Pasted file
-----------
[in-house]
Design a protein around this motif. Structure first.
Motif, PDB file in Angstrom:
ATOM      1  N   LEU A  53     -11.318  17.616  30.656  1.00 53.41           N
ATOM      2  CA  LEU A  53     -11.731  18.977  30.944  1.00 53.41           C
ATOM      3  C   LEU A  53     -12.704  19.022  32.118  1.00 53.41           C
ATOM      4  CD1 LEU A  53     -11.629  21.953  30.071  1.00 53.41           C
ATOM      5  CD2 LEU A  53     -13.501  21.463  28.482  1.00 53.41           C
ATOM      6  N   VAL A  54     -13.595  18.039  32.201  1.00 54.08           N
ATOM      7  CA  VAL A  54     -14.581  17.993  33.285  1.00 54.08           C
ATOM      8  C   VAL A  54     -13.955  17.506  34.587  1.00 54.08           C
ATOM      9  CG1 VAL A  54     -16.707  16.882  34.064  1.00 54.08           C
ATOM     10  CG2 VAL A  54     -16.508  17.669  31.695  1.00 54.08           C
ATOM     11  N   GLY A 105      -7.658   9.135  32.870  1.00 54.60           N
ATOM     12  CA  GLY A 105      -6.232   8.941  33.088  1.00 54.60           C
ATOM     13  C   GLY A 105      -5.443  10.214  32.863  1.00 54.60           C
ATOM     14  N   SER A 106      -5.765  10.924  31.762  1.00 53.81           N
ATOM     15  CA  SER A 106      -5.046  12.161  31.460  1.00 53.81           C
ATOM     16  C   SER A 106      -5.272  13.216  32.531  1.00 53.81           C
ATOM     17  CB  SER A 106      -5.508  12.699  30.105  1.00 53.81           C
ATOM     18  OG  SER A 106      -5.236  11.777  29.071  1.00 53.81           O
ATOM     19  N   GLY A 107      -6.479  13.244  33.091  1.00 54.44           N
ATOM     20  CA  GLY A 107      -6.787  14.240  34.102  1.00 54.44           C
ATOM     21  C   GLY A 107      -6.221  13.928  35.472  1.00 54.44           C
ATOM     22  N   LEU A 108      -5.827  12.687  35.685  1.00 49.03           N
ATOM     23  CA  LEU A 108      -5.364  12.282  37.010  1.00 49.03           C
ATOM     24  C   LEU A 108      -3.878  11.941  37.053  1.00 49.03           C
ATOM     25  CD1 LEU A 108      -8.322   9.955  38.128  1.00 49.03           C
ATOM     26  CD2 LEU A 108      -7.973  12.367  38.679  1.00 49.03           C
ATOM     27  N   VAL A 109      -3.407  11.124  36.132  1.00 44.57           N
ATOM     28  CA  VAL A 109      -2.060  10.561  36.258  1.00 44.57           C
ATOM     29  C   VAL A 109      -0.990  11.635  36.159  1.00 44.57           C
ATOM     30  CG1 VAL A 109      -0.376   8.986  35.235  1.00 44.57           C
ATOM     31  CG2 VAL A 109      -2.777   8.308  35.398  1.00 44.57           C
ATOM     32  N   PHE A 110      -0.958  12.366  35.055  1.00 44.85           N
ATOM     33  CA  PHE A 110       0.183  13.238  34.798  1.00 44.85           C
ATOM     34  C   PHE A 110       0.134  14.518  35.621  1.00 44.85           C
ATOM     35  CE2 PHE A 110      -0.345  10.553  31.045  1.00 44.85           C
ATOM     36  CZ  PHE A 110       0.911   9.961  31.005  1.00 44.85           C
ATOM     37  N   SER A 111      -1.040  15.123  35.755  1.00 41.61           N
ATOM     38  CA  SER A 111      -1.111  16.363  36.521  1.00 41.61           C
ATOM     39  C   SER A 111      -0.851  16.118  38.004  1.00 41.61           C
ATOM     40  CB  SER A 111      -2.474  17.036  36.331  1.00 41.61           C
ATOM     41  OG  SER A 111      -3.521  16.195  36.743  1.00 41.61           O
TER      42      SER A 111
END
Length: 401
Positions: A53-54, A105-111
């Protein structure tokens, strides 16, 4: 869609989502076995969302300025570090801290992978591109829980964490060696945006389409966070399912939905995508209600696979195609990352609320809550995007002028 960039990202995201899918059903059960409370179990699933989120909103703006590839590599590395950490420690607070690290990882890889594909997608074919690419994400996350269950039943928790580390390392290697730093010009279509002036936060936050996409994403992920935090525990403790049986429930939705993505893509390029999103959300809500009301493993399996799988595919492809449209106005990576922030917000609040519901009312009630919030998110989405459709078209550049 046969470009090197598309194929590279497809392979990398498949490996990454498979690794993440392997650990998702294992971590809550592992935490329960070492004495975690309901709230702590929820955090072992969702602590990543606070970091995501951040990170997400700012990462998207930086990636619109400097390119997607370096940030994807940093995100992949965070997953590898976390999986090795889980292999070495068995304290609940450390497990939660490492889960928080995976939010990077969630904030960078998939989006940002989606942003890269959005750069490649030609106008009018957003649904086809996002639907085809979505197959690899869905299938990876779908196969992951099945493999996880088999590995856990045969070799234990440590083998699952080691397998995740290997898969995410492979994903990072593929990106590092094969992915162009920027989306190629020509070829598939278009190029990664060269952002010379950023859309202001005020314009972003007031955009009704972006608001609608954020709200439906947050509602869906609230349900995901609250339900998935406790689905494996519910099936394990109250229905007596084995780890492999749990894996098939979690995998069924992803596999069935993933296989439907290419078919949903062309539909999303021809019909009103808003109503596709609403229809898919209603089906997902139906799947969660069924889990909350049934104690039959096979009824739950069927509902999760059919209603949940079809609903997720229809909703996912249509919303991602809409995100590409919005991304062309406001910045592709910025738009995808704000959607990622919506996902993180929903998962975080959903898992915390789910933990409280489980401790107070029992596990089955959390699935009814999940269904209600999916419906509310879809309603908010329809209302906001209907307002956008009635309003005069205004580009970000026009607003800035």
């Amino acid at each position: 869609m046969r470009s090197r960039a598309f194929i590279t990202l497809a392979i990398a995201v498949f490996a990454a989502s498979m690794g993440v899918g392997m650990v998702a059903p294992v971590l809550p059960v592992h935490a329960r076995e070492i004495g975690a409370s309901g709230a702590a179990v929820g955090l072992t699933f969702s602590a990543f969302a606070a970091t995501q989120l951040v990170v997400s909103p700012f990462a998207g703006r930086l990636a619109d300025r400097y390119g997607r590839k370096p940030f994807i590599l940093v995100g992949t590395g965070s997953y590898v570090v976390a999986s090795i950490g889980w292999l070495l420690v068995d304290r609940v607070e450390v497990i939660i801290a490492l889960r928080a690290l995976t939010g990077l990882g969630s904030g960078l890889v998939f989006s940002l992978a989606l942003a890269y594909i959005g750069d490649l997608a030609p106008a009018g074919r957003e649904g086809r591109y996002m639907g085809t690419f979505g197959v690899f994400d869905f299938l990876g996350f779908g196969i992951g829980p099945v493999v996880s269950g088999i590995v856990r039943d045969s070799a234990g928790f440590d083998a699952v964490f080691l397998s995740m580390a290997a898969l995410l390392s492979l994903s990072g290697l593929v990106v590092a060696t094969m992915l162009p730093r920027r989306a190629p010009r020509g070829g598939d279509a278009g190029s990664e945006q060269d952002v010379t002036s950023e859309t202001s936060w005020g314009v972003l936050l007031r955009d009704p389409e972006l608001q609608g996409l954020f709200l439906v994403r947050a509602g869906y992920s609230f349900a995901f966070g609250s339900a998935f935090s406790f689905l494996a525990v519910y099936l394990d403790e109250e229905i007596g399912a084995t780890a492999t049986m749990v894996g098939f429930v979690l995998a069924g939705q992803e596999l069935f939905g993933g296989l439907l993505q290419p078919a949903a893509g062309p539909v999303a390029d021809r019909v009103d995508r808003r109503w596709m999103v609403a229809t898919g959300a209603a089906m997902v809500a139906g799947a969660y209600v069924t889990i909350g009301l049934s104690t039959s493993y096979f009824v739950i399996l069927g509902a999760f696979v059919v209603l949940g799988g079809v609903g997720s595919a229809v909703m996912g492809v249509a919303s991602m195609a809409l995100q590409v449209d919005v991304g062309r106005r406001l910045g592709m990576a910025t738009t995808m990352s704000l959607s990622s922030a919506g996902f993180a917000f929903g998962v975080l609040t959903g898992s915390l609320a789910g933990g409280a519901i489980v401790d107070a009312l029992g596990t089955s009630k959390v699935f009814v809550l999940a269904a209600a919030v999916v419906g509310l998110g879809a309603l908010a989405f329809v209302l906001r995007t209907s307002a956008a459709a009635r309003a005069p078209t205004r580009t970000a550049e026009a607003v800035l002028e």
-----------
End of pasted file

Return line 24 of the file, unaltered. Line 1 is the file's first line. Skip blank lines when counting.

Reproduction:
ATOM     21  C   GLY A 107      -6.221  13.928  35.472  1.00 54.44           C